Guest Post: Yes (please) Minister

Paddy Buckley is the Managing Director of Quickflix, the challenger in the online television content delivery game.

The rise of video on demand (VOD) is exciting for consumers.  Coliseum’s high-profile
acquisition of the English Premier League football rights has brought into focus the rapid worldwide transition from linear (scheduled) broadcasting to VOD. 

A few things are increasingly clear: we have less free time for aimless channel hopping.
We want to binge-watch TV two or three episodes at a time.  TV ads now feel like bizarre intrusions into our viewing time.  These changes have shown up first in the US, where the VOD leader Netflix generates 30-40% of all peak-time internet traffic.

Closer to home, technology is improving and the ultra-fast broadband fibre rollout is underway.  UFB isn’t exactly needed for VOD to work, but it will seriously improve the experience – content will be delivered fast, in high definition, across multiple devices at the same time, and it will be ubiquitous.  Well, nearly.  The rural broadband initiative will hopefully be enough to satisfy those that generate most of our national wealth. 

All good?   Moving boldly towards an exciting new world of convenient on demand viewing, on the device of your choice, wherever you are?   Actually there’s a problem. 

Let’s leave access to content to one side – at least until the Commerce Commission reports back on its current investigation – the problem is wider and more fundamental.

Before we launched Quickflix last year, I spent a lot of time trying to make sense of the contradictions in the legislation that would apply to us: the telecoms sector is regulated, but broadcasting is not.  It wasn’t clear to me precisely where VOD fitted in.  Fast forward to today and I’m none the wiser.  This uncertainty is leading to some strange things going on out there.

It turns out that on demand viewing is not covered by the Broadcasting Act because it’s not a broadcast to the public at large – each stream is to a single viewer or household.  This puts the broadcasters in a tricky spot with their ‘catch-up’ services which are technically VOD (and therefore not broadcasting) but which they are forced to treat like broadcasting in the absence of more suitable legislation.  There’s a similar story for online DVD retailers – they no doubt want to comply with the legislation but how can they when it can’t easily be applied to them?  The legislation we’re talking about was
drafted in the 1980s and 90s so it’s hardly surprising that it doesn’t envisage
VOD and other online services.

Technology and the development of these new services always move faster than regulation, so I’m certainly not finger-pointing. Nevertheless, our broadcasting and
telecoms legislation is contradictory, outdated, and gives the lie to any claim
that our public policy is keeping pace with the convergence of digital delivery
systems and content.  The whole thing needs a review.

In February, Amy Adams announced one: a review of the policy framework for regulating telecommunications services.  According to Ms Adams “regulatory certainty is an important factor in the ability of New Zealanders to have early access to high-quality communication services based on new technologies”.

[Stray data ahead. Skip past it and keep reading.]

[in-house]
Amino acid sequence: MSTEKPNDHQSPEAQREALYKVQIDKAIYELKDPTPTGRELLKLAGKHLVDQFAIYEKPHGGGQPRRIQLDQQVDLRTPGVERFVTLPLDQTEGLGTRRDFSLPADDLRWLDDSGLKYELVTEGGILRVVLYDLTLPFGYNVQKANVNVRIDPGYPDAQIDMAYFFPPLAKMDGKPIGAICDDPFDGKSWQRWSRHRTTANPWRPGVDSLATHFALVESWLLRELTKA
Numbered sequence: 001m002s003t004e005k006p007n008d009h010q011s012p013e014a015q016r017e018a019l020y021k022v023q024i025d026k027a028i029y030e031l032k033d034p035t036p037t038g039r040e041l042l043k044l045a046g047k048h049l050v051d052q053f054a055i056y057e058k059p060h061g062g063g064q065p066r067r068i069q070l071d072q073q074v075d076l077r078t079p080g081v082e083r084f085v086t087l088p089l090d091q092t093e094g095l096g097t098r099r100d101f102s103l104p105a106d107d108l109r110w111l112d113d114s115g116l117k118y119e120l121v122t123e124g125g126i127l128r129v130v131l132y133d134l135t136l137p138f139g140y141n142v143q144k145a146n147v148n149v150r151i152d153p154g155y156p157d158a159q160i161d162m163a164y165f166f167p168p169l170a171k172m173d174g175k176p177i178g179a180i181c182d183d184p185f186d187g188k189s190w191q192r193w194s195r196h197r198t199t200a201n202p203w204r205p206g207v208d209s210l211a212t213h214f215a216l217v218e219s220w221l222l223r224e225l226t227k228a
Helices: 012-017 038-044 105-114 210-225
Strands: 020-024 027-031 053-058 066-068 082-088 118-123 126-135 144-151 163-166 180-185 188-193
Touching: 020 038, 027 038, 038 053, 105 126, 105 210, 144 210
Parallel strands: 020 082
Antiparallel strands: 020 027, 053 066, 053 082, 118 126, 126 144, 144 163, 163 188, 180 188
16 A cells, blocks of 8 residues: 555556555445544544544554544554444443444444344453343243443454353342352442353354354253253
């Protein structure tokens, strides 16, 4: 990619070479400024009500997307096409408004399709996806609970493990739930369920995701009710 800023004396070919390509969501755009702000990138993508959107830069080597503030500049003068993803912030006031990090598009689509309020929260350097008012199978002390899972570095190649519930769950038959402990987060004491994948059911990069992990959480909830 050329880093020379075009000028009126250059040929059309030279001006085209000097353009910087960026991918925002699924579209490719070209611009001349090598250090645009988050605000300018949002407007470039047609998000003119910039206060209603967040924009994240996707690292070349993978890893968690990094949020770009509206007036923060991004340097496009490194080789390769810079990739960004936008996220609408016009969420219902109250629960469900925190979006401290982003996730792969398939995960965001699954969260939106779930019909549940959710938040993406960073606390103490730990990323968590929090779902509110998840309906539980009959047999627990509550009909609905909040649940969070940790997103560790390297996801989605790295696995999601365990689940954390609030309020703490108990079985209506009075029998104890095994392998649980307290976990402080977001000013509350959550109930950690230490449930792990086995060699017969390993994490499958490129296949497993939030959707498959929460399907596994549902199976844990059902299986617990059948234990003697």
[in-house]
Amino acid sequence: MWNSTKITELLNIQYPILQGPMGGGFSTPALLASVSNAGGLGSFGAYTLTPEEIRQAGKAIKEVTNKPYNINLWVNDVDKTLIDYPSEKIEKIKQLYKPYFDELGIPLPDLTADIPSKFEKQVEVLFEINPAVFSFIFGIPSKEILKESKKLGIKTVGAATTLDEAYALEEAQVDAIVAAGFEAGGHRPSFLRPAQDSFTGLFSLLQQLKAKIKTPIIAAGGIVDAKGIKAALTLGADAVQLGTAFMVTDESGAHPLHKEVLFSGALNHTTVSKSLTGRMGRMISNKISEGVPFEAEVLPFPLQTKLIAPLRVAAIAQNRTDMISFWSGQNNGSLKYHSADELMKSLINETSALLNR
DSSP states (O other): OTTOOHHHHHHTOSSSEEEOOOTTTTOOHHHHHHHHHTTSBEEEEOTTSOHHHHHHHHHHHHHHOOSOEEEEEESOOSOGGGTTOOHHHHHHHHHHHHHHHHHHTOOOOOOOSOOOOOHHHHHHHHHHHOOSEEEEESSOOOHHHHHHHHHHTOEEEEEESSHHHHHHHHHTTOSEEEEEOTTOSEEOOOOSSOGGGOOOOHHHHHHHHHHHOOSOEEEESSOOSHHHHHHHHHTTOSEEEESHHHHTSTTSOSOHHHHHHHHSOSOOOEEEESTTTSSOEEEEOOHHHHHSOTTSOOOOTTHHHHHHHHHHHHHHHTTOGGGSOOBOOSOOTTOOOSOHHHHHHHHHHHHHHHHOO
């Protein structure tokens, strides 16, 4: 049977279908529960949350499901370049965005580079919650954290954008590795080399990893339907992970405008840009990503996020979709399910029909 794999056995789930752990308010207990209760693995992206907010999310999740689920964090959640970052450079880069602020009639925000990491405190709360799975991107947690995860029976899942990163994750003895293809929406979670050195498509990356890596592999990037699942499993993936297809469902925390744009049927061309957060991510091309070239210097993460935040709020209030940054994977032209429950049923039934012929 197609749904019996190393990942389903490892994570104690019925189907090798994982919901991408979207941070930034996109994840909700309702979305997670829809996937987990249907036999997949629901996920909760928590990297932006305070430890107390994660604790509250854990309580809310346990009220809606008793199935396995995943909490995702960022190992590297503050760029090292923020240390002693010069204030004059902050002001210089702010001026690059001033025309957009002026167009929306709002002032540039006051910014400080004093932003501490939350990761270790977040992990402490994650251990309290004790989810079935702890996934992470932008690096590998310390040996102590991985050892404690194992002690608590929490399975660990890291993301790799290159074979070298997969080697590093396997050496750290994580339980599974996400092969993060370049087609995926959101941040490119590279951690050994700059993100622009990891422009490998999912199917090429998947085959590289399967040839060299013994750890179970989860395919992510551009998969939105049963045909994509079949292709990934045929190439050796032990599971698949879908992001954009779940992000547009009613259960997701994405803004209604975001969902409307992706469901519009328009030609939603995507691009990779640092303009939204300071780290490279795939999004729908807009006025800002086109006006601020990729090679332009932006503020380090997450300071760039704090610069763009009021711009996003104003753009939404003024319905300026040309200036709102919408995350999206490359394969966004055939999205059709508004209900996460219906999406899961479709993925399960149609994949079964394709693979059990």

The Minister will announce the terms of reference and timetable soon.  Let’s hope they deal with some public policy questions right from the start.

Can we agree on the technology neutrality of delivery systems and that content is still
content whether viewers get it by digital terrestrial, satellite or over IP?  Can we agree a coherent approach that takes in telecoms and broadcasting?  And can we agree that convergence has already happened and now needs to be reflected in legislation?

InternetNZ’s well-considered discussion paper on convergence is here and asks
all the right questions.  Those committed to the success of the telecoms and broadcasting sectors, and the taxpayers’ $1.3 billion UFB investment, should respond to it as well as to the Minister’s review.

Here’s another example of Alice in Wonderland that illustrates the need to think deep.   Quickflix will launch a channel on the Freeview platform later this year.  We’re very excited about it and it’ll mean that a viewer can be watching a free-to-air broadcaster and then change to channel 200 to watch Quickflix’s VOD.  

That’ll be a great experience for the viewer but the unforeseen consequence is that there will be different legislative regimes governing different ends of the EPG – broadcasting for the traditional channels and then, well, “not broadcasting” for the VOD channels.  In other words, a quick change of channel is all it will take to change regimes – surely not the “regulatory certainty” that we are striving for.

Copper pricing shouldn’t be the only priority issue for Amy Adams.  Convergence of digital ntworks and digital content has already occurred.  She has the chance
to save the Government from the embarrassment of outdated and contradictory
public policy.  And the parliamentary draftsman can be relieved of the task of nit-picking to take account of a future that everyone else has noticed is already here.

Over to you, Minister.

2 replies
  1. Paul W
    Paul W says:

    "Quickflix will launch a channel on the Freeview platform later this year. We’re very excited about it and it’ll mean that a viewer can be watching a free-to-air broadcaster and then change to channel 200 to watch Quickflix’s VOD. "

    Unless it’s in HD not interested in this day and age..

    • Paul Brislen
      Paul Brislen says:

      Step one is access… step two is better content (including HD) I suspect.

      I’m curious as to whether Coliseum is broadcasting in HD or not. I suspect not based on file size… that’s a problem if you’re used to 50" TV sport.


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